By Michael Bonner MassLive Staff | September 03, 2020
Massachusetts Attorney General Maura Healey joined in filing a multi-state action in seeking to halt changes to the United States Postal Service that could prevent employees from delivering the mail.
Healey joined a coalition of attorney generals from California, Delaware, the District of Columbia, Maine, North Carolina and Pennsylvania who said actions within the USPS may lead to harming veterans, seniors and rural communities as well as disrupt the general election in November.
The attorney generals filed a preliminary injunction on Thursday in federal court in Pennsylvania seeking the court to intervene.
“The changes being made at the Postal Service are an illegal and blatant attempt to disenfranchise voters during this election season – and they must be stopped immediately,” Healey said in a statement “Americans across the country rely on the Postal Service, especially during the ongoing COVID-19 pandemic, and we will fight these reckless actions to undermine it in a time of heightened need.”
The preliminary injunction filed against Postmaster General Louis DeJoy argues changes are required to be submitted to the Postal Regulatory Commission before they take effect. Any changes implemented recently must be halted, the filing says.
The changes cited in the lawsuit include letter carriers ordered to depart for their delivery routes at set times, and no longer make extra trips that might otherwise ensure that the mail is efficiently delivered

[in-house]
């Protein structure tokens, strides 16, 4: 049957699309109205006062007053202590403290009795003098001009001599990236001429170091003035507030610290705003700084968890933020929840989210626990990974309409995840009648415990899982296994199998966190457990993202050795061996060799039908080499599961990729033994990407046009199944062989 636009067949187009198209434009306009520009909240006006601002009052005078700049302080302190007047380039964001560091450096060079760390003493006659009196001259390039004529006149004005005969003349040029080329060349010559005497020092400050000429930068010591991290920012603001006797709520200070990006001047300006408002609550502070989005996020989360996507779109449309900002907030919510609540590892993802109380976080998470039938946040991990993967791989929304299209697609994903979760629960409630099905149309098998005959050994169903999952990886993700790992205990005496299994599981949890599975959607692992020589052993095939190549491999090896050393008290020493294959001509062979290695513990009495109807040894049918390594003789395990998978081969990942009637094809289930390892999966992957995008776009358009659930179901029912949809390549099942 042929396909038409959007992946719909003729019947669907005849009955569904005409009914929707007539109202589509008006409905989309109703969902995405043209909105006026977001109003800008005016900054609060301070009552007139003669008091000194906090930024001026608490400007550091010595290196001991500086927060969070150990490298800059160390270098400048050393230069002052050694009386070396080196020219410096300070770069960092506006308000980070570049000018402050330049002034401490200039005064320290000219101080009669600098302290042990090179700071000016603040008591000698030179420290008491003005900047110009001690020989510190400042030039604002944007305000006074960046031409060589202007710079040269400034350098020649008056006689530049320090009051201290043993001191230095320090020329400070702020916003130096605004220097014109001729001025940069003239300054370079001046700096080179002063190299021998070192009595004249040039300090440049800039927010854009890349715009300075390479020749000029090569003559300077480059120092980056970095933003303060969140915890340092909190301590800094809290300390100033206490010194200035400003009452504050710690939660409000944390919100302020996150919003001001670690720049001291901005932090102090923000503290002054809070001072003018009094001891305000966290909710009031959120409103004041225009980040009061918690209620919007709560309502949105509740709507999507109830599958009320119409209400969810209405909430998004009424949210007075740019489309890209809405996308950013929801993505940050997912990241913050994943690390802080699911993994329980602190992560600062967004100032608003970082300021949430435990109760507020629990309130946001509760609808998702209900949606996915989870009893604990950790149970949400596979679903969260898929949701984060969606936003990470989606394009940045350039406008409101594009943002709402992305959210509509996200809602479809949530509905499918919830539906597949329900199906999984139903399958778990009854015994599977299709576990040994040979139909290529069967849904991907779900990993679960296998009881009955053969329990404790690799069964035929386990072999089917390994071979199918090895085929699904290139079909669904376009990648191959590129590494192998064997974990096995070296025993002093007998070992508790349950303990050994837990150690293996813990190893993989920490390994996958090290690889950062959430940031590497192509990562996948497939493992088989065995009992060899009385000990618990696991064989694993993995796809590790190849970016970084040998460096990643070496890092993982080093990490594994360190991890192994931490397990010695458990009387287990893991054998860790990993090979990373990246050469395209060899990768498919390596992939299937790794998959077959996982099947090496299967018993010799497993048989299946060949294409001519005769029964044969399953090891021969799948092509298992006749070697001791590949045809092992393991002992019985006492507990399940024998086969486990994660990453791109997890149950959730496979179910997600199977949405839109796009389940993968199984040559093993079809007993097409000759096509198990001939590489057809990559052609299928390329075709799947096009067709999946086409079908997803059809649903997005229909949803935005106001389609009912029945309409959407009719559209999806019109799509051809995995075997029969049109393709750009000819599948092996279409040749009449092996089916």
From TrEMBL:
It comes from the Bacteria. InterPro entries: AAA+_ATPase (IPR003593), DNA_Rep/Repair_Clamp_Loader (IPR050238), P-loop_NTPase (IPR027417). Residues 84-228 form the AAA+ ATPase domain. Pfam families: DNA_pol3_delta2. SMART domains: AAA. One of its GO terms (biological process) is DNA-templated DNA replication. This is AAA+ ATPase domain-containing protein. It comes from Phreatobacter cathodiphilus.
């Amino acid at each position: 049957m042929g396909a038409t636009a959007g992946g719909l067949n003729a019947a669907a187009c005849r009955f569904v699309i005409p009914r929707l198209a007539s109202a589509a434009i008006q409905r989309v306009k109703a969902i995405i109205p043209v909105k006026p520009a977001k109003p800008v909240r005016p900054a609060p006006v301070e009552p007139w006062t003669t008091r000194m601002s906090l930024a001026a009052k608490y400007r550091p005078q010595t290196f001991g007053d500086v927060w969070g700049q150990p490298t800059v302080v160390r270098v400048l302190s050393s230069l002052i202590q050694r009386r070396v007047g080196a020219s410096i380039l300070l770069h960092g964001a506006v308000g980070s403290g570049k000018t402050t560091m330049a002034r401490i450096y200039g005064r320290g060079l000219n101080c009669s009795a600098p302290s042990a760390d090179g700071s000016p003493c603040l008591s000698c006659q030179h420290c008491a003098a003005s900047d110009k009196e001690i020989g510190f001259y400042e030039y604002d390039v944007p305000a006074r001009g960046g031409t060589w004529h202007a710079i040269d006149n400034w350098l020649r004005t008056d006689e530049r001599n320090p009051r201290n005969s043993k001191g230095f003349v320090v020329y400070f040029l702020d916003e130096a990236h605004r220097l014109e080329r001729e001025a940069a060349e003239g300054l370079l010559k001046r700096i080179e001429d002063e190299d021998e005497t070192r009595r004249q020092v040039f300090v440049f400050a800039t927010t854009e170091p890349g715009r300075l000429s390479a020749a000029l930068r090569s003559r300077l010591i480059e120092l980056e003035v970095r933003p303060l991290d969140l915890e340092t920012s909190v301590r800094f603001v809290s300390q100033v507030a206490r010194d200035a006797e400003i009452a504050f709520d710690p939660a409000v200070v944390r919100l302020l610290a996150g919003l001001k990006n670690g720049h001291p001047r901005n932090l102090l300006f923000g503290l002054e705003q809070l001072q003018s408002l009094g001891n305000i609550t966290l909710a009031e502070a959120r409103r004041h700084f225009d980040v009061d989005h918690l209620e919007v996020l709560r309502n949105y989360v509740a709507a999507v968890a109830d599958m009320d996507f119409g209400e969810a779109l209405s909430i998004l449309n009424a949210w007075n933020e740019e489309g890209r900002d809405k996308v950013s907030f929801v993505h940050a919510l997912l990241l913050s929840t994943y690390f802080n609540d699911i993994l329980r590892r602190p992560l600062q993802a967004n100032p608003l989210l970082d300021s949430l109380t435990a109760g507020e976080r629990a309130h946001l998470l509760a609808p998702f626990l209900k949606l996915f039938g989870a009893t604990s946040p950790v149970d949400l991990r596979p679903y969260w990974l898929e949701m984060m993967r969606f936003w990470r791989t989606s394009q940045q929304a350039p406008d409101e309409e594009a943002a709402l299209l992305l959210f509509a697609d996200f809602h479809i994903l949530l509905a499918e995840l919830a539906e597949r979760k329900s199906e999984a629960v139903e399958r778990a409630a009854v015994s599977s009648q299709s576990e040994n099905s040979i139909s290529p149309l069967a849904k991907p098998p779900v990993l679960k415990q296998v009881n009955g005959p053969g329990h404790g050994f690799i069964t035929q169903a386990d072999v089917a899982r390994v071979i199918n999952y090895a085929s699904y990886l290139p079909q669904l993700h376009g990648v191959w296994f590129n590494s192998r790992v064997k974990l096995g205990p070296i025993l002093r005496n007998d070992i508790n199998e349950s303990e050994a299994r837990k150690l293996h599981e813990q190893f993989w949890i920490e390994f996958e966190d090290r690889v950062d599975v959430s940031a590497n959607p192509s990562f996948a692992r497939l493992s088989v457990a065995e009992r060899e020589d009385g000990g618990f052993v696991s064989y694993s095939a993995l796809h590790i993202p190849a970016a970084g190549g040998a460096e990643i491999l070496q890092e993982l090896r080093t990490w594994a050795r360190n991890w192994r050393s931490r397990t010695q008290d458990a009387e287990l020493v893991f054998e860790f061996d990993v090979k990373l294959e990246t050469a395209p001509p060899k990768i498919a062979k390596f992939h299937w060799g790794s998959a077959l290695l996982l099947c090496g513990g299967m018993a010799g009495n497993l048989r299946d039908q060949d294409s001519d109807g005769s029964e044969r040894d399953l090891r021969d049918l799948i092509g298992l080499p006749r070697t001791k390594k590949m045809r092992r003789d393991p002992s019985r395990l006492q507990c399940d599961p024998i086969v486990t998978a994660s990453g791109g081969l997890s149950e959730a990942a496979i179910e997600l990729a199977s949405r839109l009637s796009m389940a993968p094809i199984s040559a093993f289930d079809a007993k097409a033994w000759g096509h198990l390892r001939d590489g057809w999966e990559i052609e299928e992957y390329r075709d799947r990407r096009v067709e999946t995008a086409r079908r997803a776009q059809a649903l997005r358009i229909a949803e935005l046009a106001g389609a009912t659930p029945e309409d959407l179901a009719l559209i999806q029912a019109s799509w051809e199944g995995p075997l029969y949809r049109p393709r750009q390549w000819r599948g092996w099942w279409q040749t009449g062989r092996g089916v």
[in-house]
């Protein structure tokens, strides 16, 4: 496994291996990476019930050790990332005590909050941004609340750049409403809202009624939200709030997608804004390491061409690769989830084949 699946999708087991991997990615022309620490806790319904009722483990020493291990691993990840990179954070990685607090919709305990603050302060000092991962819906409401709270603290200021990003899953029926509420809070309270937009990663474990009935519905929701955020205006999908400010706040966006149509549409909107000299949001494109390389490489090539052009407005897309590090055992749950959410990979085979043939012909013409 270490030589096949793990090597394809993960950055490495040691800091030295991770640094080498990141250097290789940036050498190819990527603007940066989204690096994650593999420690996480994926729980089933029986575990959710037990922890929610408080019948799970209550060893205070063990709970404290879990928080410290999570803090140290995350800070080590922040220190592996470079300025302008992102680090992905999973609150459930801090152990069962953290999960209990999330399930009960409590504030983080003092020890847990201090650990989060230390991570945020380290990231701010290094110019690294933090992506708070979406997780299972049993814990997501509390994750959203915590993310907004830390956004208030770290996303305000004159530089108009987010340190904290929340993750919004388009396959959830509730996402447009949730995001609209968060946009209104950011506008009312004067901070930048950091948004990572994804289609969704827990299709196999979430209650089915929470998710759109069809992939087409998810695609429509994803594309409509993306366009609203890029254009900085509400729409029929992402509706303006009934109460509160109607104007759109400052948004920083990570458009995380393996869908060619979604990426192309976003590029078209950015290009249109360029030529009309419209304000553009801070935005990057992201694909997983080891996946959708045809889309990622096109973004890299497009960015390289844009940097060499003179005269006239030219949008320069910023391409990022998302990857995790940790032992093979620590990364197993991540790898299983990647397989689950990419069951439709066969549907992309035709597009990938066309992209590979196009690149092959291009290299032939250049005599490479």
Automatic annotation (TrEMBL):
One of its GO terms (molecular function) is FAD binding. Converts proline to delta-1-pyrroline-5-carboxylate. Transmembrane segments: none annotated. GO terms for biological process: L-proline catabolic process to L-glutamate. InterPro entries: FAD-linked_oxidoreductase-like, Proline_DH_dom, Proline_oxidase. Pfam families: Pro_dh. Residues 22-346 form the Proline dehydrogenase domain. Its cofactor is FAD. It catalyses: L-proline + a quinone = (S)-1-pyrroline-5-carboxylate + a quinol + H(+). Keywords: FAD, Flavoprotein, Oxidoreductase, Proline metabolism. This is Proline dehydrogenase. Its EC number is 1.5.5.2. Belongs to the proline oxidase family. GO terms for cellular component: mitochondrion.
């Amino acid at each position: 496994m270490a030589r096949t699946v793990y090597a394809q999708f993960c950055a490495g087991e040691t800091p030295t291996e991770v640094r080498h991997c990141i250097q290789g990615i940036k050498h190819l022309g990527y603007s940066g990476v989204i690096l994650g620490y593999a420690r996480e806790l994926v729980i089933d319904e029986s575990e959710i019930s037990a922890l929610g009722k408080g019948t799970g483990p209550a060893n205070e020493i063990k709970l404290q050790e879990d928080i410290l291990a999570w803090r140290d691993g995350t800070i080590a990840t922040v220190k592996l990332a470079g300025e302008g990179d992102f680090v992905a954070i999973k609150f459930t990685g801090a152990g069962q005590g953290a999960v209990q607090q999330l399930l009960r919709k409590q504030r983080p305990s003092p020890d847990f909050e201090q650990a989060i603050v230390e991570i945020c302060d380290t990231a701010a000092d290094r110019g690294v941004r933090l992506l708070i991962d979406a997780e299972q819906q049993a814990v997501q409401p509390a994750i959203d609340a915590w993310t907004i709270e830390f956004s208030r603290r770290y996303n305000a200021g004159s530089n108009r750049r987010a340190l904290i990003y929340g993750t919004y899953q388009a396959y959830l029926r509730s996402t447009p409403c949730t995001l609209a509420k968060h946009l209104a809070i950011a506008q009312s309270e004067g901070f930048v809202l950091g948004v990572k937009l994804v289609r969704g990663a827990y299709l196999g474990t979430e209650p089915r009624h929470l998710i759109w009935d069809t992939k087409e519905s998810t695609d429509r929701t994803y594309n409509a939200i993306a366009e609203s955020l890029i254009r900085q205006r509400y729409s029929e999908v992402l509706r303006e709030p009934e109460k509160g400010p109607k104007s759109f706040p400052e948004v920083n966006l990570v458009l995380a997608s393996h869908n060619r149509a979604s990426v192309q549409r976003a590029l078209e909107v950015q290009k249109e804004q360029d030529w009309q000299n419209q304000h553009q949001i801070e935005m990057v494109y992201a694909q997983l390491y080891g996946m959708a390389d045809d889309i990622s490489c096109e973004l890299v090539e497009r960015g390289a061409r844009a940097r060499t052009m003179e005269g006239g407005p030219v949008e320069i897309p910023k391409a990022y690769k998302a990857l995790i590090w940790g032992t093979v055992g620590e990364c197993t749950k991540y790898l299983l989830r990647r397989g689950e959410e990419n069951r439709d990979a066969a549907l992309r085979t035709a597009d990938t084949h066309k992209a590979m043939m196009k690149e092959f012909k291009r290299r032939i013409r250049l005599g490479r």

“The result of these operational changes is that mail is delayed at multiple places in the mailstream,” the injunction said.
The injunction also stated that DeJoy has made contradictory statements on whether the Postal Service will continue to adhere to its longstanding practice of providing the “highest level of service” to election mail.
Mail-in ballots are expected to flood the Postal Service this year as many voters are likely to cast ballots from home to avoid long lines or congested areas amid the coronavirus pandemic.
More than 1 million ballots were mailed last month as part of Massachusetts’ primary on Sept. 1, Secretary of State William Galvin said.
“I expect an even larger volume of mail-in ballots for the Presidential election, and we need to make sure the Postal Service is up to the job,” Galvin said in a statement.
The changes are a part of the Trump administration’s efforts to streamline the service as the president routinely warns, without evidence, that mail-in voting is ripe for fraud.
Last month, DeJoy said he would suspend cost-cutting and efficiency initiatives until after November “to avoid even the appearance of any impact on election mail.”
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